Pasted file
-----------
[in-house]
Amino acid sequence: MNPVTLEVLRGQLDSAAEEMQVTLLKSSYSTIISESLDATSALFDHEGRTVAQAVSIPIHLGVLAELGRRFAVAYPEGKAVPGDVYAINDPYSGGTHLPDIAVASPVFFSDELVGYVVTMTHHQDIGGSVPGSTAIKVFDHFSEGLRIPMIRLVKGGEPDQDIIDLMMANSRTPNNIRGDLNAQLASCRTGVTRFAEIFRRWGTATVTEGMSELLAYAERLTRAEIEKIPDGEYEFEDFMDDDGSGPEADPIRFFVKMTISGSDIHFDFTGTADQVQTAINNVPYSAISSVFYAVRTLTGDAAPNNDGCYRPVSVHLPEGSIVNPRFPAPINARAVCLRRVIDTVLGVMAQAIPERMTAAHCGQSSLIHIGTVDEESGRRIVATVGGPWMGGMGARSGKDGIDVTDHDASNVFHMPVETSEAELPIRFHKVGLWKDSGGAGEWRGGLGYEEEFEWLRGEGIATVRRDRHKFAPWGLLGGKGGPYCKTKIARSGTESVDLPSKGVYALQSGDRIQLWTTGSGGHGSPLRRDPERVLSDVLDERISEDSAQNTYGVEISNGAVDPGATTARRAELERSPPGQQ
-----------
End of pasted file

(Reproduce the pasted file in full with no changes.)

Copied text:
[in-house]
Amino acid sequence: MNPVTLEVLRGQLDSAAEEMQVTLLKSSYSTIISESLDATSALFDHEGRTVAQAVSIPIHLGVLAELGRRFAVAYPEGKAVPGDVYAINDPYSGGTHLPDIAVASPVFFSDELVGYVVTMTHHQDIGGSVPGSTAIKVFDHFSEGLRIPMIRLVKGGEPDQDIIDLMMANSRTPNNIRGDLNAQLASCRTGVTRFAEIFRRWGTATVTEGMSELLAYAERLTRAEIEKIPDGEYEFEDFMDDDGSGPEADPIRFFVKMTISGSDIHFDFTGTADQVQTAINNVPYSAISSVFYAVRTLTGDAAPNNDGCYRPVSVHLPEGSIVNPRFPAPINARAVCLRRVIDTVLGVMAQAIPERMTAAHCGQSSLIHIGTVDEESGRRIVATVGGPWMGGMGARSGKDGIDVTDHDASNVFHMPVETSEAELPIRFHKVGLWKDSGGAGEWRGGLGYEEEFEWLRGEGIATVRRDRHKFAPWGLLGGKGGPYCKTKIARSGTESVDLPSKGVYALQSGDRIQLWTTGSGGHGSPLRRDPERVLSDVLDERISEDSAQNTYGVEISNGAVDPGATTARRAELERSPPGQQ